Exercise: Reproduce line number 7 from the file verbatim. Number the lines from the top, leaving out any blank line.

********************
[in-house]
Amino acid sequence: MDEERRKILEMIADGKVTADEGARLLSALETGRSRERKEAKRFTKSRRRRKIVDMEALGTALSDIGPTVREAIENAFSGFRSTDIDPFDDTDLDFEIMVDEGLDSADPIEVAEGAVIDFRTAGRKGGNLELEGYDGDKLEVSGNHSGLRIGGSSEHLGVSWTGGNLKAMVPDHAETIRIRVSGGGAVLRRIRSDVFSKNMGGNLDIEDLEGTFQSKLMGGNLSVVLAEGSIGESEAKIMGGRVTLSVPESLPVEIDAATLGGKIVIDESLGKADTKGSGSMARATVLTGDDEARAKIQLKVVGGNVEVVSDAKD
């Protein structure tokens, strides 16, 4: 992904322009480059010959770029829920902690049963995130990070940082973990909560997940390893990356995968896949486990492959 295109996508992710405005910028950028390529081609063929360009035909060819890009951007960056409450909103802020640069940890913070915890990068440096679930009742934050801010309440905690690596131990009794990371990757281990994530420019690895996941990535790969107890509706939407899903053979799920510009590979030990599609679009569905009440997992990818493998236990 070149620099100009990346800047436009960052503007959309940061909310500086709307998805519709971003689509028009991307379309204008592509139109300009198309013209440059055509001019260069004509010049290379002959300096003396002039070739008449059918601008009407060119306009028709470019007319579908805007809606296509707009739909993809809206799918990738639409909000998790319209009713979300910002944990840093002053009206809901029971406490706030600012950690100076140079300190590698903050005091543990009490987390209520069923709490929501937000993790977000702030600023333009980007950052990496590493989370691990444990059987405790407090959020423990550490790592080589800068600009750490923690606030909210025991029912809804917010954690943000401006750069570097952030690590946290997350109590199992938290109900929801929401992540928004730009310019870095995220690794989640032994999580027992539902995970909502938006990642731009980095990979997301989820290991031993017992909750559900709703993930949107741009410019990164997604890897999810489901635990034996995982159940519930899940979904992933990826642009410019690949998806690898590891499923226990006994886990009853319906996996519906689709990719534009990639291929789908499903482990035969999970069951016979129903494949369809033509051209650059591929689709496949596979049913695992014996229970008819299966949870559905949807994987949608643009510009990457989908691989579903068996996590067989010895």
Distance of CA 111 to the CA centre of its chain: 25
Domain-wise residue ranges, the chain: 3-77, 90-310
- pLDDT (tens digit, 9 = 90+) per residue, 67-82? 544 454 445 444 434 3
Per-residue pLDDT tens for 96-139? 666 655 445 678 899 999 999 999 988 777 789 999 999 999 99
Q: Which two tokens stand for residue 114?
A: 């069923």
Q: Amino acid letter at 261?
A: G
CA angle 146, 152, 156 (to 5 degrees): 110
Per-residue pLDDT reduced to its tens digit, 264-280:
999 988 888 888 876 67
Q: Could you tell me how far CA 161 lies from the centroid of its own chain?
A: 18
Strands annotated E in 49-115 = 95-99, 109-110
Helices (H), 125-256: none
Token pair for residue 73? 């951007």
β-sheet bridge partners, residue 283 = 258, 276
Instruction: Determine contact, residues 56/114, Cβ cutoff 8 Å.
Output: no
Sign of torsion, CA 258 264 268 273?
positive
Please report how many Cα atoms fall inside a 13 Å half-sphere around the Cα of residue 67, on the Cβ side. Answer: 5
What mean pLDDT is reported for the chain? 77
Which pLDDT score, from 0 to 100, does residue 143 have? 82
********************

Per-residue pLDDT tens for 96-139? 666 655 445 678 899 999 999 999 988 777 789 999 999 999 99